After sitting out last season, senior showed no rust in the first game against Butler. The wide receiver, already one of 17 Big Green players with 1,000 receiving yards to his name, snared four passes for 92 yards against the Bulldogs, including a 24-yard touchdown thanks to a diving catch in the back of the end zone. Reilly now ranks 14th all-time at Dartmouth with 1,155 yards on 66 receptions, a 17.5-yard average.
Defense Stars as a Whole
Coach Teevens will refer to his defense as a “no-name” group, meaning there are no stars out there, but rather a cohesive unit. That was certainly the case against Butler with no one player posting eye-popping numbers, although the junior class provided some of the biggest plays. led the team with seven stops while corraling a key fumble during the first quarter in the red zone. And jarred a ball loose with a big hit that fell into the arms of , who returned it 19 yards to near midfield. But it was a sophomore who recorded the Big Green’s lone sack — Corbin Stall on the final play of the third quarter.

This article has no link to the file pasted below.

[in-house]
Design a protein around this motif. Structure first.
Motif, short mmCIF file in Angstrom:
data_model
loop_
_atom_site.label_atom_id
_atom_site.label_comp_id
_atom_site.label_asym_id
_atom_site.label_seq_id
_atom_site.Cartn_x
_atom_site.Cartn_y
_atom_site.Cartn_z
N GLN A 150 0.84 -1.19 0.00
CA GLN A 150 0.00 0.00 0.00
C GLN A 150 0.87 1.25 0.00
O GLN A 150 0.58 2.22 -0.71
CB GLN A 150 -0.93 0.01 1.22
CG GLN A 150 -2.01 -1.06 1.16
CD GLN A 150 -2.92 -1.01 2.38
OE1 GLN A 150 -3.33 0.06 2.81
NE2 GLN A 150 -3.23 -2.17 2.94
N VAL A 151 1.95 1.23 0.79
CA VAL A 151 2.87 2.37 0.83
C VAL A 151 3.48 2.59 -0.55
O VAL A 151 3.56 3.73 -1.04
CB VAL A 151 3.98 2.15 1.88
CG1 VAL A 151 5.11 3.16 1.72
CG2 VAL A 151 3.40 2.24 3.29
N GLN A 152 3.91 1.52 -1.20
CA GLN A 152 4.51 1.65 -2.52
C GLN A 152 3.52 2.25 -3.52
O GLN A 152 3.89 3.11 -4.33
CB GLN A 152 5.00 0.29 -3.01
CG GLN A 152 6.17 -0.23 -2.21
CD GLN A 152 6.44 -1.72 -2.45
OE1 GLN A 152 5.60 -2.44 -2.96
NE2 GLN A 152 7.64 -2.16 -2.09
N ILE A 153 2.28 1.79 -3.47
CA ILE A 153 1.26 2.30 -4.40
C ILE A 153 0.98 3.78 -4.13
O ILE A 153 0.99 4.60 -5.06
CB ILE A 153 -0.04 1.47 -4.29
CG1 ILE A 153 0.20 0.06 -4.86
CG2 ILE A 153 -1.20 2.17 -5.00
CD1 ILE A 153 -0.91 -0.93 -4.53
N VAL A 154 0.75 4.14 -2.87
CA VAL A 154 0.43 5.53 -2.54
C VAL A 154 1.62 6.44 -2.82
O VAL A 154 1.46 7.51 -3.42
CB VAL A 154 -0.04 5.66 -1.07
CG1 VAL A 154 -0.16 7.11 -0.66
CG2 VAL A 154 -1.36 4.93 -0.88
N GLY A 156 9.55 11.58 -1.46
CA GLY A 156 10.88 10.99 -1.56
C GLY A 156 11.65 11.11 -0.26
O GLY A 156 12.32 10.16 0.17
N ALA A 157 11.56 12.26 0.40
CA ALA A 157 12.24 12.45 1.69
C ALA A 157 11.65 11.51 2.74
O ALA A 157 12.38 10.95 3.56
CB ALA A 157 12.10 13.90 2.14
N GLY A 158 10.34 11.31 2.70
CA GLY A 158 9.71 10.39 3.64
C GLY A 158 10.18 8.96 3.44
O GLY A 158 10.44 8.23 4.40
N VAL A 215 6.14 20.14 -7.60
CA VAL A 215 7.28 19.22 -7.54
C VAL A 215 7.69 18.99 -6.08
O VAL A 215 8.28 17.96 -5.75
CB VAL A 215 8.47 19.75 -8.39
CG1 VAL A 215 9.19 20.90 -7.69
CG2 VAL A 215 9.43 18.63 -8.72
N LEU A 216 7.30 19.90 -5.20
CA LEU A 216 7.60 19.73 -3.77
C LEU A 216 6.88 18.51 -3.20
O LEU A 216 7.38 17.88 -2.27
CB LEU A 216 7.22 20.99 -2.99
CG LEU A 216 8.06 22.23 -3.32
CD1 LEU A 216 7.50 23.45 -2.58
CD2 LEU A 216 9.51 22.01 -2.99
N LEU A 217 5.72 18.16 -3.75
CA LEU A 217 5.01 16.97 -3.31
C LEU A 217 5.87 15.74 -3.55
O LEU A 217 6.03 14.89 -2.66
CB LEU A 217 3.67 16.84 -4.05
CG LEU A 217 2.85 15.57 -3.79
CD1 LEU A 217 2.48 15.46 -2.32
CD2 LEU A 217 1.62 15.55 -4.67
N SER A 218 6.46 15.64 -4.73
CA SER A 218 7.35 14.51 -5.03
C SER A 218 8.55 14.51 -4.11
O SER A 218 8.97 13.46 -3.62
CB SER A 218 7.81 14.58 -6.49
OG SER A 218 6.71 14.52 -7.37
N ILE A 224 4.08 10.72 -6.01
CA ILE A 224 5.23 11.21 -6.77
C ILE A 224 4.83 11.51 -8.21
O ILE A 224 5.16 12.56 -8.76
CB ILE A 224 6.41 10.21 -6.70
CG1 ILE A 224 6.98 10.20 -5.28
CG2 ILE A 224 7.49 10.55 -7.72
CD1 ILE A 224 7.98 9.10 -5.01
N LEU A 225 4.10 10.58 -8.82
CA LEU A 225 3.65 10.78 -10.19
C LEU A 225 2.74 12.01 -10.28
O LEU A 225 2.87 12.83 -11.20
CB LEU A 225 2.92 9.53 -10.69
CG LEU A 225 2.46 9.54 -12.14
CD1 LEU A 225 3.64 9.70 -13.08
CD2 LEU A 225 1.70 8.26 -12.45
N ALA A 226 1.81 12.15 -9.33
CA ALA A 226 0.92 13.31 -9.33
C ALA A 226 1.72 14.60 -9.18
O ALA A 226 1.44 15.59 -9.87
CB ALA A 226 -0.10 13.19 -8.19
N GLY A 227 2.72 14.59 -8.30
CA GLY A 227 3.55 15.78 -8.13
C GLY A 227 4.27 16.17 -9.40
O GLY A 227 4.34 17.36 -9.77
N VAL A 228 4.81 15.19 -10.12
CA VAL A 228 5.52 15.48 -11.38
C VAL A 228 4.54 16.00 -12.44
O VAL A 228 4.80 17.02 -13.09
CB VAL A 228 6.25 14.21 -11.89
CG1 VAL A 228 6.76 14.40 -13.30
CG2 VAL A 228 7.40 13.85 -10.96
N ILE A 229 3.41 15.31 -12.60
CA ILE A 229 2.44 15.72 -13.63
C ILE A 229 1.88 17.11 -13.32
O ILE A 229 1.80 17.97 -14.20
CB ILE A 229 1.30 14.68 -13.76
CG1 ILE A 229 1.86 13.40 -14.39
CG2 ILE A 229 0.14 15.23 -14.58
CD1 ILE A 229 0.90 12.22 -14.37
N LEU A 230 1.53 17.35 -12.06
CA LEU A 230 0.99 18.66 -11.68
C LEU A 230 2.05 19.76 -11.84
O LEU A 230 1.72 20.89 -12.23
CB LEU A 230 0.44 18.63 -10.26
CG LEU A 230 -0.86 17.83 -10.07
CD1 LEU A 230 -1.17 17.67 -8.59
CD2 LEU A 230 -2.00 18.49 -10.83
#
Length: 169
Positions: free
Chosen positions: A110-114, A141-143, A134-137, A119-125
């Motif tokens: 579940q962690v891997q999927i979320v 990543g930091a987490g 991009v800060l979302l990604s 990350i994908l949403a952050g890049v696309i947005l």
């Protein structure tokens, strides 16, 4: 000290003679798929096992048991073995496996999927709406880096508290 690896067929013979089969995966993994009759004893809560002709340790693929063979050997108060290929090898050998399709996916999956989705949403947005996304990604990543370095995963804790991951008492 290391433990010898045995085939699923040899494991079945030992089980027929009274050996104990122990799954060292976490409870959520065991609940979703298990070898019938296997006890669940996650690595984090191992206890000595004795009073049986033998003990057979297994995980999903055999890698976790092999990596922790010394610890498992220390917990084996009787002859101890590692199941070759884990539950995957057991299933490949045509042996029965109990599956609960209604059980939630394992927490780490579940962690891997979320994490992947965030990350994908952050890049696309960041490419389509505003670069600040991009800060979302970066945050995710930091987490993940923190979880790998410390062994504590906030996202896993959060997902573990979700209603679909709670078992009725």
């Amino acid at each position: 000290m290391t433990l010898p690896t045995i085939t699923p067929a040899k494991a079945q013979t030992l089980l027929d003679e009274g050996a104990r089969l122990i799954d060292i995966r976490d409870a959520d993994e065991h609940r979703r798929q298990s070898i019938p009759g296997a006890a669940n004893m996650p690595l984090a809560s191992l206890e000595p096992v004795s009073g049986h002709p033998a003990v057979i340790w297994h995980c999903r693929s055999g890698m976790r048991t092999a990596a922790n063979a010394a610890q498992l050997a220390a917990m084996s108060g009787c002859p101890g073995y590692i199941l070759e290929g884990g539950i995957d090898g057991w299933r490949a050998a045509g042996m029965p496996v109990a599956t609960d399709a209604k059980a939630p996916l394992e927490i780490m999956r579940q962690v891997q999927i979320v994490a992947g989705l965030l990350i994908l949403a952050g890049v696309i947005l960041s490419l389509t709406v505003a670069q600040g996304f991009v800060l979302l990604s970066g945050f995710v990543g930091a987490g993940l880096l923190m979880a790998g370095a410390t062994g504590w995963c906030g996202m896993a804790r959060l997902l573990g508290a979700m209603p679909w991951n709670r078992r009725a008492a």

Having thrown just eight passes in his career, quarterback played more like a seasoned veteran in his first collegiate start. The sophomore completed 15-of-20 passes for 184 yards and a touchdown for an efficiency rating of 168.78, the highest in the league. Park also got a chance to use his legs on occasion, scrambling 10 yards for a first down once and burrowing for a touchdown on a goal-line play, his first time in the end zone.
Bend But Don’t Break
The defensive team stats didn’t necessarily add up for Dartmouth after the Butler game, but the most important stat certainly was in the home team’s favor — points allowed. The Big Green surrendered 416 yards of offense (347 through the air), but were quite stingy in the red zone as the Bulldogs scored just once in three opportunities. The seven points are the fewest allowed by Dartmouth in the season opener since a 21-3 triumph over Princeton to begin the 1983 campaign. The Big Green had lost 21 consecutive games when yielding at least 400 yards as well, with the last win coming in a wild 59-31 victory over Cornell in 2007.
It might be a bit early to look at the national statistical rankings, but there is Dartmouth with the best kick return average (55.0), thanks to Gay’s touchdown return. The Big Green are also second in scoring defense (7.0), tied for third in turnover margin (2.0) and fifth in rushing defense (69.0). Pierre is fourth in rushing (170.0) and scoring (12.0), while Park is fifth in efficiency (168.78).